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Distress (Imperial Grant)

Volume 155: debated on Tuesday 20 June 1922

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asked the Secretary of State for the Colonies what steps he proposes to take to ensure the impartial administration of the money voted by Parliament for the relief of distress in accordance with the Collins-Craig pact?

I see no reason, whatever, to doubt the assurances given me by Sir James Craig that the money promised by the Government for relief of distress in Belfast is being administered with impartiality. At the same time the British Government countersigned the Agreement in question and is, therefore, bound to form its own judgment for the information of the House as to how far effect has been given to its terms. For this purpose I have instructed an experienced public official to proceed to Belfast and to inquire and report to me upon the extent to which effect has been given to the Agreement. The officer selected for this purpose is Mr. S. G. Tallents, C.B., who at one time represented the British Government with marked ability at Riga. In order to make his services available, Mr. Tallents has been detached from the post he has since filled as Private Secretary to the Lord Lieutenant.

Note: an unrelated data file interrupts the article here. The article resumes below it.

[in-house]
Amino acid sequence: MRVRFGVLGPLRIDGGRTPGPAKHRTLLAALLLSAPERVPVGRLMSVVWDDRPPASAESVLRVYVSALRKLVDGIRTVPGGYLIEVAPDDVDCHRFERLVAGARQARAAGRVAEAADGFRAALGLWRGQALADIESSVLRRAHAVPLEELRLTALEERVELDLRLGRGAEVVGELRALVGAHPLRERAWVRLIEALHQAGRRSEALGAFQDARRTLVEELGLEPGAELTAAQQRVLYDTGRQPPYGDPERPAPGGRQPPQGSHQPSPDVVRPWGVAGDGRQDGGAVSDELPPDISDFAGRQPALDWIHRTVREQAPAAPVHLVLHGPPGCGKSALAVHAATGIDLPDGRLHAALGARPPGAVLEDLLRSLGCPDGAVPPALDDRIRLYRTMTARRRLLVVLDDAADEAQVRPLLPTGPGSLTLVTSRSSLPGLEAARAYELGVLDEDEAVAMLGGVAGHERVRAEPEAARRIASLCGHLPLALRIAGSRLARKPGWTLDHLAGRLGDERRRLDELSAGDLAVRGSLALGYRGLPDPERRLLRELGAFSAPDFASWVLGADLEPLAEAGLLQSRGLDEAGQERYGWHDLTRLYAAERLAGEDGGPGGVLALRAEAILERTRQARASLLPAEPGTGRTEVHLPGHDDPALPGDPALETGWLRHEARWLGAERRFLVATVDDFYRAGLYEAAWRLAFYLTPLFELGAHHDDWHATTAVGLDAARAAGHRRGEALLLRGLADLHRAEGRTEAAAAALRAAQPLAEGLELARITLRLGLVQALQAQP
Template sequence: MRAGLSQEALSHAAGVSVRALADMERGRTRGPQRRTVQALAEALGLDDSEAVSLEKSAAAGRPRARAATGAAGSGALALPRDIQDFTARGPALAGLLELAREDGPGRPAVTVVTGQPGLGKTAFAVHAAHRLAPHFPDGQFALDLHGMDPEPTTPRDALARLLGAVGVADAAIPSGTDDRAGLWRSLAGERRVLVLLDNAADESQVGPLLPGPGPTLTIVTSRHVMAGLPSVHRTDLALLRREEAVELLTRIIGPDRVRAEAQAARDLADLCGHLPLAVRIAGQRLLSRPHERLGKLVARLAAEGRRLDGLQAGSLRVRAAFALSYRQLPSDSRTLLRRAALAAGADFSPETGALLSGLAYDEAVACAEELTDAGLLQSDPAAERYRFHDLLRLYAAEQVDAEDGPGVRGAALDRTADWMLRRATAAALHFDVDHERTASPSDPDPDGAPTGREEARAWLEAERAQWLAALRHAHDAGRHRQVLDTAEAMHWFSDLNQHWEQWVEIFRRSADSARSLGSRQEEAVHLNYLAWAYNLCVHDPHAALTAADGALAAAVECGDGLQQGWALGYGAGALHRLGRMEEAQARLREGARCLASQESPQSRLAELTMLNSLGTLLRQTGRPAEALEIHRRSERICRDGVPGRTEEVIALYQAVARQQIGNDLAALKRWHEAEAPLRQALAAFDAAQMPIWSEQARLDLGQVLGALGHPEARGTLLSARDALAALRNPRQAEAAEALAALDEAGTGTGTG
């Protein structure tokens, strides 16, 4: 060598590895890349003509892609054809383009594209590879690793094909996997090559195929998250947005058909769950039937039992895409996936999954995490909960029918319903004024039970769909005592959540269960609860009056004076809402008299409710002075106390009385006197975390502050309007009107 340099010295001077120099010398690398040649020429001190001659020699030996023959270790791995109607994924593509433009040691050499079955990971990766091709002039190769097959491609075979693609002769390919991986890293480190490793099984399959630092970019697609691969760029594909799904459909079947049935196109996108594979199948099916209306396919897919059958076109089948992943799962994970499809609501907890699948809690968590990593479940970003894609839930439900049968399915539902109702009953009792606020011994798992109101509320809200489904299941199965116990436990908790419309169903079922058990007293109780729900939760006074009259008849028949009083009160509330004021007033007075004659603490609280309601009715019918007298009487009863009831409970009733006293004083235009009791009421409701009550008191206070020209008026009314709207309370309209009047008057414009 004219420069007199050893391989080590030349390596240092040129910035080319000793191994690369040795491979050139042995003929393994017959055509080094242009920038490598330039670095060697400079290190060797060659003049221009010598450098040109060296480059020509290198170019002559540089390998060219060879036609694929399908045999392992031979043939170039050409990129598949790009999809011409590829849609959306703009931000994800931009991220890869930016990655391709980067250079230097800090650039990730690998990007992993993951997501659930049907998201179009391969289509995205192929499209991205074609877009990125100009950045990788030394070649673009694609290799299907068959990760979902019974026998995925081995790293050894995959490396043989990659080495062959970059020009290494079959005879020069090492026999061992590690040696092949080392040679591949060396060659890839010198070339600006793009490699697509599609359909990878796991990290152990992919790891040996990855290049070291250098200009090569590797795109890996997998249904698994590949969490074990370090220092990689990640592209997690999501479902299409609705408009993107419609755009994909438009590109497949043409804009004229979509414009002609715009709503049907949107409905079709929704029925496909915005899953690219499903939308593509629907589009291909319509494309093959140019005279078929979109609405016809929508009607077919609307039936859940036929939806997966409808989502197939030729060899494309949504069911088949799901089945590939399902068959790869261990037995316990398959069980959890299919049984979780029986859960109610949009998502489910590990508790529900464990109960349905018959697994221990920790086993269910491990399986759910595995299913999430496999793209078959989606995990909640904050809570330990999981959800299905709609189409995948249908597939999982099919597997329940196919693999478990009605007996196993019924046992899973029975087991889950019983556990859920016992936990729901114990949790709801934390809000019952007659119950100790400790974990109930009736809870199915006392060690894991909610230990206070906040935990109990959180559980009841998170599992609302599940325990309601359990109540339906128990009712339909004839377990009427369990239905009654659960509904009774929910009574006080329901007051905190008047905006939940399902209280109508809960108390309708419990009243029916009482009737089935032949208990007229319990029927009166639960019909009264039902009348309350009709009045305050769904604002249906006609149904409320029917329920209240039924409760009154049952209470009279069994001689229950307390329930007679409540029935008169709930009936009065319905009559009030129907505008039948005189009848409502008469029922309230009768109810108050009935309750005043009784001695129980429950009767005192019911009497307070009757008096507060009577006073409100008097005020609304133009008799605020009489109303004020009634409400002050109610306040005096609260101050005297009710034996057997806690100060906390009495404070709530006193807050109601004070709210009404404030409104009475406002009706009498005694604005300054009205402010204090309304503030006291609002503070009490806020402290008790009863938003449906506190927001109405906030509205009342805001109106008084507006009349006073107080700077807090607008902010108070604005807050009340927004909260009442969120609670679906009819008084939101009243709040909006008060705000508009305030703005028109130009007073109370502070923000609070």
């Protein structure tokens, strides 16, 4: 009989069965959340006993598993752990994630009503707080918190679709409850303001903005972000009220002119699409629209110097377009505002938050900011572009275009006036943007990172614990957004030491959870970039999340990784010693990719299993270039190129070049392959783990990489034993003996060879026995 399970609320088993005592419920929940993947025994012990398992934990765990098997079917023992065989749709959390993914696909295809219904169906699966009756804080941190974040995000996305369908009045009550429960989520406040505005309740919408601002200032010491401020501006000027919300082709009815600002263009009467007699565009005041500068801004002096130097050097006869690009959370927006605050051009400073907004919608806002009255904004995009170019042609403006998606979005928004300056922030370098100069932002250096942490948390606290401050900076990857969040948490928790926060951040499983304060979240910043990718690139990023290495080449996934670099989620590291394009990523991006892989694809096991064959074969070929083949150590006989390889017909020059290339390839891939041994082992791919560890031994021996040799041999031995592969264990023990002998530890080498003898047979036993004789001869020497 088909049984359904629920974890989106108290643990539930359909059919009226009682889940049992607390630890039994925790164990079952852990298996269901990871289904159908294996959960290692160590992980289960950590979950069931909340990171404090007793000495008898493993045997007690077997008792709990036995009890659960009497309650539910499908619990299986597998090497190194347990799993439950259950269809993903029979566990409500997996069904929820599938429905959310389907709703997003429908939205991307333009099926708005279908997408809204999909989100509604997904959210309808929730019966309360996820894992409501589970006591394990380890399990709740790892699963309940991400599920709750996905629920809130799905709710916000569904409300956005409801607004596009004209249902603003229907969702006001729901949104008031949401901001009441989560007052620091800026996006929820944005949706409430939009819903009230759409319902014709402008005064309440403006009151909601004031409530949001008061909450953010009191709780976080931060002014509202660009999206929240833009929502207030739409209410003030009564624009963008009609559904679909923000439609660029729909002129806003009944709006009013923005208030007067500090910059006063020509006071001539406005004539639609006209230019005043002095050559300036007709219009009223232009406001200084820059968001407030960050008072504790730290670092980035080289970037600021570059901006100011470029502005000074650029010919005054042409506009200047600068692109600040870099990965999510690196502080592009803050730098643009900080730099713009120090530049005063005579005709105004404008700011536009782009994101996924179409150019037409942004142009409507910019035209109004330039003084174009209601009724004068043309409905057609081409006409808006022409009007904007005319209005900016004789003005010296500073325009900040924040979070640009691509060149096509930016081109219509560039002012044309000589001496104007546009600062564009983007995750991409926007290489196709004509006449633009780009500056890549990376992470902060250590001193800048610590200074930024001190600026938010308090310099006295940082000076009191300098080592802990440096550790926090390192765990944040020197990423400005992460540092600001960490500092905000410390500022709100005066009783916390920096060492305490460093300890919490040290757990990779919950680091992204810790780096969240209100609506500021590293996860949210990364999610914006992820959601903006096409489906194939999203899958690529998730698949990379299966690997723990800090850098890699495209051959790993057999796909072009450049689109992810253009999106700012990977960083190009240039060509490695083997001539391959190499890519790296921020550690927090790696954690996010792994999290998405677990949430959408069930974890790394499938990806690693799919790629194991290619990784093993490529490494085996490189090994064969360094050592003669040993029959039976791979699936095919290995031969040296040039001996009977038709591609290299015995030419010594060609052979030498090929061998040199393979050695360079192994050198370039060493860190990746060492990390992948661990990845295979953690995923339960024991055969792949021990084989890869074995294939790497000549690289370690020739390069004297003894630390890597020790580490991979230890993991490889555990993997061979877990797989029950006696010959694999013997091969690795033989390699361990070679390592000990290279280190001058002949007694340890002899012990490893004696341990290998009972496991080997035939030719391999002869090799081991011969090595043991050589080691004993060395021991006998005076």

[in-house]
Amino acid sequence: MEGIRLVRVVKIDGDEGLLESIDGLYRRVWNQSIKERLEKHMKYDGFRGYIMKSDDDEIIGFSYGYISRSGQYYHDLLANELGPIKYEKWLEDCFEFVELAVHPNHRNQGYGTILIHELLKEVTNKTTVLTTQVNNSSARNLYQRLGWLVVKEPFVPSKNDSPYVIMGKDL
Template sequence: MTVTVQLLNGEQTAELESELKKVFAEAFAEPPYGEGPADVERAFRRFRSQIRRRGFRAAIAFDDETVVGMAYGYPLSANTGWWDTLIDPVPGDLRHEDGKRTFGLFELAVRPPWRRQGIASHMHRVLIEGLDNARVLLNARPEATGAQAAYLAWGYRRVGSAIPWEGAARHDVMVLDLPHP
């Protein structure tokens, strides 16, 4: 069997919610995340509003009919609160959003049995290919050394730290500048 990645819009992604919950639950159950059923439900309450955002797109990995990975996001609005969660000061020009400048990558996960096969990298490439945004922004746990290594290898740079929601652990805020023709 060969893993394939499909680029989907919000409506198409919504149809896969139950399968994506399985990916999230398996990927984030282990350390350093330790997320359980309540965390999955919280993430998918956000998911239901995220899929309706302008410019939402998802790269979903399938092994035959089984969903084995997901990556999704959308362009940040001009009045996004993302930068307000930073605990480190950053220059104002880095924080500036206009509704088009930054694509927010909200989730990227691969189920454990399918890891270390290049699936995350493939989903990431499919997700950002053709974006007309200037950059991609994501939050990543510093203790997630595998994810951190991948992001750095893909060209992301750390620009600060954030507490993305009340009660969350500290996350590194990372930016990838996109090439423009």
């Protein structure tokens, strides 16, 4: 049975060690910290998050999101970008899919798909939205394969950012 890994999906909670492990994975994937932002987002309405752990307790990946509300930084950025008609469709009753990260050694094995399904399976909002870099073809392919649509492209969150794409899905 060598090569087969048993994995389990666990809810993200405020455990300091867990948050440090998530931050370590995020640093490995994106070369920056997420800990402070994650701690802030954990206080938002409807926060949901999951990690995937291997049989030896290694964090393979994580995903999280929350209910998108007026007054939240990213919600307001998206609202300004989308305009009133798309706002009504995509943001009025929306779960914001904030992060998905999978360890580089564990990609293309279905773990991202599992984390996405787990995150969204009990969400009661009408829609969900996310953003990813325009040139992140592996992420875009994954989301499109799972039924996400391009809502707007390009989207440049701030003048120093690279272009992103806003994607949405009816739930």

Was it not part of the Agreement that there should be an equal number of Catholics and Protestants on the Committee to distribute this money which has been voted by the Imperial Government?

No, Sir. There were two Committees, as far as my recollection serves me. One was to investigate cases and the other to assist in the formation of a new joint police force. This money was to be distributed on certain principles and in certain directions, but, as far as my recollection goes, there was no such arrangement as the hon. Member mentions.

Under the agreement of 31st March, £500,000 was to be granted by the British Exchequer for the relief of distress in Belfast, of which two-thirds was to go to Protestants and one-third to Catholics.

How much has been allocated by the Government for the relief of Protestants driven out of the South of Ireland?

That has nothing to do with the question or with the supplementary question.

Do I understand that £350,000 is to be devoted to those who drove the Catholics out and £150,000 to the Catholics who were driven out?

I think that is an extremely one-sided manner of summing up the causes of the difficulties at present arising in Belfast.